"With those books, I remember when they came out, and I remember how my friends who read comic books every week and came into the shop every week responded to those books," Nitz said. "And I remember how they talked about how 'X' was a certain way, or how different the books like 'Mecha' were.
"I jumped at it. I said, 'Perfect!' because I know the quality of the books you guys brought out before," Nitz said of the moment when he and Smallwood were asked to bring "Dream Thief" into the greater superhero line Dark Horse is building.
"Dream Thief" is about "a slacker who smokes weed and has no job," Nitz said. He and a friend steal an Aboriginal mask at a museum opening and he ends up possessed by angry ghosts looking for revenge whenever he goes to sleep.
"He goes to sleep, then he wakes up in a room with a dead body, and doesn't know how he got there, because the ghost took his body and killed somebody. It could be a day later, it could be a week later, it could be six hours later," Nitz said. The character has no control of it, but he does retain the memories and abilities of the ghost who possessed him.
During the Q&A session, an audience member asked if Dark Horse had plans to bring back Barb Wire, a character from "Comics' Greatest World" that went on to appear in a movie starring Pamela Anderson. Richardson said Chris Warner, who did the original Barb Wire comic, is interested in bringing her back "as she originally was before we wrecked her with the movie."
Another fan asked what happened to "2 Past Midnight," a digital project by Swierczynski and artist Eduardo Francisco that featured Ghost, X and Captain Midnight that was never completed. Richardson said, "You'll see it in another form in the near future."
A budding comics writer asked what stands out in a superhero pitch, which led to Richardson revealing the "very complex and thorough" process of vetting new submissions. "What happens is, [editor] Randy Stradley and I get a six pack of beer," Richardson said. "We go into a room with about 500-600 submissions, and we pick a night every so often, and we look at every single one of them. And that's the truth. After that, we're sort of traumatized for a while, so we'll wait another few months to do it."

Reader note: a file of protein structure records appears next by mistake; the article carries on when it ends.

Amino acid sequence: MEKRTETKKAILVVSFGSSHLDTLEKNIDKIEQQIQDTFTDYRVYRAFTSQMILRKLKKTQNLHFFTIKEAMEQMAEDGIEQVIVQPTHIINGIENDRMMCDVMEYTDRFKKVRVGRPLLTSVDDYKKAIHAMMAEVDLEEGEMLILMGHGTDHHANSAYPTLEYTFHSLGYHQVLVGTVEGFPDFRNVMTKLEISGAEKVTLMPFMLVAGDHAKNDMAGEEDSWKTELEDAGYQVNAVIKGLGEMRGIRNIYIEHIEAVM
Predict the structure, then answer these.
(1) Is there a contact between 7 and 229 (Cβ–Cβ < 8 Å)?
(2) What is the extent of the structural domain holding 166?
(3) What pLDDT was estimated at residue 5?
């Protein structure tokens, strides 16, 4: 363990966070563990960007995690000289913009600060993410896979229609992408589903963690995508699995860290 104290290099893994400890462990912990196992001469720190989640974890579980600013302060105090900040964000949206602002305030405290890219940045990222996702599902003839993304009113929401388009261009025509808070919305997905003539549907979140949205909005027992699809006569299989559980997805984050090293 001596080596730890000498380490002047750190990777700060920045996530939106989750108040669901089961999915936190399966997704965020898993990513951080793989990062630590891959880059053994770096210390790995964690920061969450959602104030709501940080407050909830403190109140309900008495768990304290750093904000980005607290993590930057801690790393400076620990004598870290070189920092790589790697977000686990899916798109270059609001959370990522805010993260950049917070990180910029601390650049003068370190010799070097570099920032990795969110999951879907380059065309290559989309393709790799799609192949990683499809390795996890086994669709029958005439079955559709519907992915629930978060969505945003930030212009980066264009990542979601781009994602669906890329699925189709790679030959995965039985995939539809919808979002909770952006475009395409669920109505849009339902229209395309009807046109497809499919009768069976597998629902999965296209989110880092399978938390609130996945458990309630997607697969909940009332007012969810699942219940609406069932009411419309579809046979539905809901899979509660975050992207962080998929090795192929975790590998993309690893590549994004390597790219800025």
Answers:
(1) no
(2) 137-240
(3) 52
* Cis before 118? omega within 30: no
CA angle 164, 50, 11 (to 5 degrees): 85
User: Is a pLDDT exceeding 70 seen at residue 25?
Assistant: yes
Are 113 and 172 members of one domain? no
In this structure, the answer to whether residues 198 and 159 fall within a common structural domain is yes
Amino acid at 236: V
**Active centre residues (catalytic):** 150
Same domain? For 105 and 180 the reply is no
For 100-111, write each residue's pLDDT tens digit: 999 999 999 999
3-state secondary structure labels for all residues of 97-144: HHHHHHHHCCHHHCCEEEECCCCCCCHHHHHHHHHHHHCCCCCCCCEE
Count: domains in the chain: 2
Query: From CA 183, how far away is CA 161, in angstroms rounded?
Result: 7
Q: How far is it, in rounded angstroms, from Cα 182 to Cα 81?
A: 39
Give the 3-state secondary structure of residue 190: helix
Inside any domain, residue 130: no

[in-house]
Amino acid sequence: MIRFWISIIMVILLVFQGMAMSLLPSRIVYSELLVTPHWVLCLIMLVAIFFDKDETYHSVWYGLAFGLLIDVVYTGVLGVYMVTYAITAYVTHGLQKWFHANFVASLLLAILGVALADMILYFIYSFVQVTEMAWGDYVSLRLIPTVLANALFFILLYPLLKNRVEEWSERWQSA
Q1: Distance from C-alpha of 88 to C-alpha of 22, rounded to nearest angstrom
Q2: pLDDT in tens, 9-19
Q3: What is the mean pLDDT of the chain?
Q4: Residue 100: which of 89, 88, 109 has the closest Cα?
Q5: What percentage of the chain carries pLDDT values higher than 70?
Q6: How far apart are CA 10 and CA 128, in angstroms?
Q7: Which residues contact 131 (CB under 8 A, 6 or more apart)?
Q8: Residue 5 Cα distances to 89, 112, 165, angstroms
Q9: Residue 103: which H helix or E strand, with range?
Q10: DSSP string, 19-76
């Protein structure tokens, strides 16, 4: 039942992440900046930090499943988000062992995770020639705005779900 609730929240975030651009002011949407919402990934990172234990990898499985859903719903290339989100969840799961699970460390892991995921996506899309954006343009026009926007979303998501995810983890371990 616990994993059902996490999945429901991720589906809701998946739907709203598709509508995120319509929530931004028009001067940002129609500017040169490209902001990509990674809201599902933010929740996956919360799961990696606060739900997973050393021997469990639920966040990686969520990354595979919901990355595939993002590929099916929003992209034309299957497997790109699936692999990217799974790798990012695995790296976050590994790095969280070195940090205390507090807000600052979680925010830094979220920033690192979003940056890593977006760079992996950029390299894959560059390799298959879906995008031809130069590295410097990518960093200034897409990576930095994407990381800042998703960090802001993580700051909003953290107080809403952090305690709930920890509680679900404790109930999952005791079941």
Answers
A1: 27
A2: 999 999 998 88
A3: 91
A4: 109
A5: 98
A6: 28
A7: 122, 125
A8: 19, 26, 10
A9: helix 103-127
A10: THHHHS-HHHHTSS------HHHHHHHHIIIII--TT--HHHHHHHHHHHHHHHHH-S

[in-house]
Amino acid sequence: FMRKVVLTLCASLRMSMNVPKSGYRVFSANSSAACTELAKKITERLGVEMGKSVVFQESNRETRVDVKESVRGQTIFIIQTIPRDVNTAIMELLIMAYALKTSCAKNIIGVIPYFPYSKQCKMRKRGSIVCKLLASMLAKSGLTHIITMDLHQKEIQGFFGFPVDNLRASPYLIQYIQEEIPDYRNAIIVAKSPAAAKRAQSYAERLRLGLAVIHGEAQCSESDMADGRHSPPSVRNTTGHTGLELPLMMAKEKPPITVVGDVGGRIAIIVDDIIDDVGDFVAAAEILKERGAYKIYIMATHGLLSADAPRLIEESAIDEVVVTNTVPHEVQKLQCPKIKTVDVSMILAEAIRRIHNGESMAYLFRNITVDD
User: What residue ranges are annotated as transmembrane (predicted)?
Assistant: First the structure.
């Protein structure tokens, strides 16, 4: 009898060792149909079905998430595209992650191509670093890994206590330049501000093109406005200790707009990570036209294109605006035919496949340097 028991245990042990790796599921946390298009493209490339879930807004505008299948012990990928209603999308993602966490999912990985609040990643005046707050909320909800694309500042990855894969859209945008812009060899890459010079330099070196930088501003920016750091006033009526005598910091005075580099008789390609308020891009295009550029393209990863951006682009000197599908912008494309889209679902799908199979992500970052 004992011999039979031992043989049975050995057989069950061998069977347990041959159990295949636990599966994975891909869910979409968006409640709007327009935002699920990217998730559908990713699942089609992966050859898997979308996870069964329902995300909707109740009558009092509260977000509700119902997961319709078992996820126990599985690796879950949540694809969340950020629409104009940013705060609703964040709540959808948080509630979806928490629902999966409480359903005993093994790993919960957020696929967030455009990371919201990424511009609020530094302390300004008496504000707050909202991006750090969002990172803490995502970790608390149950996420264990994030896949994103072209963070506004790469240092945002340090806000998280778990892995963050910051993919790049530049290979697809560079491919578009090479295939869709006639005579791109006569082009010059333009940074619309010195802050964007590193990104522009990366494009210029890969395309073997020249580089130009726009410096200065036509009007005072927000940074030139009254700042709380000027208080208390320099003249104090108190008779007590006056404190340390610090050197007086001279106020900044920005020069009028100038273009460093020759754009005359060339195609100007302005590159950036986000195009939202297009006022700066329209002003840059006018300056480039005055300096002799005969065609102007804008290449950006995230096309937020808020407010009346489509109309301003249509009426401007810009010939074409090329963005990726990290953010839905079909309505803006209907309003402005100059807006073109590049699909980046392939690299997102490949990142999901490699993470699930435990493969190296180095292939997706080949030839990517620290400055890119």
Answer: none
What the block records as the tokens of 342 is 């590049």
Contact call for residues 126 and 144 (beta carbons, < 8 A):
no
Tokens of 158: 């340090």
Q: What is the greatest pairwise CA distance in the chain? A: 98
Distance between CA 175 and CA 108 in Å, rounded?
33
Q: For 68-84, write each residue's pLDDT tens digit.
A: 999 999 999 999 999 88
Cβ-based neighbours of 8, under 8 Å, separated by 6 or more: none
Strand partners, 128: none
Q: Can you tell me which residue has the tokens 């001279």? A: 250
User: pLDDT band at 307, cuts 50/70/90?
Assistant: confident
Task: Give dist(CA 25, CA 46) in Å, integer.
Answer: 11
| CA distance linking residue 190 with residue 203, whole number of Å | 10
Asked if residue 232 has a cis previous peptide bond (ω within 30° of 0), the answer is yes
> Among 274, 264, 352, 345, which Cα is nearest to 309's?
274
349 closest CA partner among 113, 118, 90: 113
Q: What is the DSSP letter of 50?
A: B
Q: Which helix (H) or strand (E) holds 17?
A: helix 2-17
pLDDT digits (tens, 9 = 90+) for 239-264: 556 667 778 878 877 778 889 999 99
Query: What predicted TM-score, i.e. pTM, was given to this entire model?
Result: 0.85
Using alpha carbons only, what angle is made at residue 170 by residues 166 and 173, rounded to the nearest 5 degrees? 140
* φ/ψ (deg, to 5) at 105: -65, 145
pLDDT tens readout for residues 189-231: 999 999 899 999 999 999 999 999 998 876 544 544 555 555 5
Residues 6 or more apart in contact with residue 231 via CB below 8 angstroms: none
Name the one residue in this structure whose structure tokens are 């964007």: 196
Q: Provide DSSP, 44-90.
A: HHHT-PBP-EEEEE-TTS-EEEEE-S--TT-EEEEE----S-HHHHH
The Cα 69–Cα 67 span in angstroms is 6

As far as what he looks for in a pitch, Richardson said he liked the "everyman" theory, where, aside from fighting every issue, they have a life as a real person. "If you look at a lot of the great superheroes, it was just as important to have a solid story when he's not fighting some super villain," Richardson said. "One of the great things about Marvel, when Marvel started -- and yes, I was alive when the Marvel Age started; I was very young, though -- the whole thing that caught your attention after reading DC and whatever superhero books were around, was that each one of these had a unique, non-superhero life."
Of prototypical Marvel hero Peter Parker, Richardson said, "he was the character that many people could relate to at the time. You're not the best athlete or the best-looking guy who got all the girls -- that guy, who was the hero in the other comics, was actually the villain, or the bad guy, Flash Thompson. In the DC comic, he would have become the superhero, but in the Marvel world, he was the bad guy."
He said "The Occultist" was an example of this. "He gets these powers, and when he tries to use them for himself, bad things happen," Richardson said. "So that's it -- we just try to find an unusual twist for an everyman and then figure out how it could affect the life of someone who actually had this happen to them."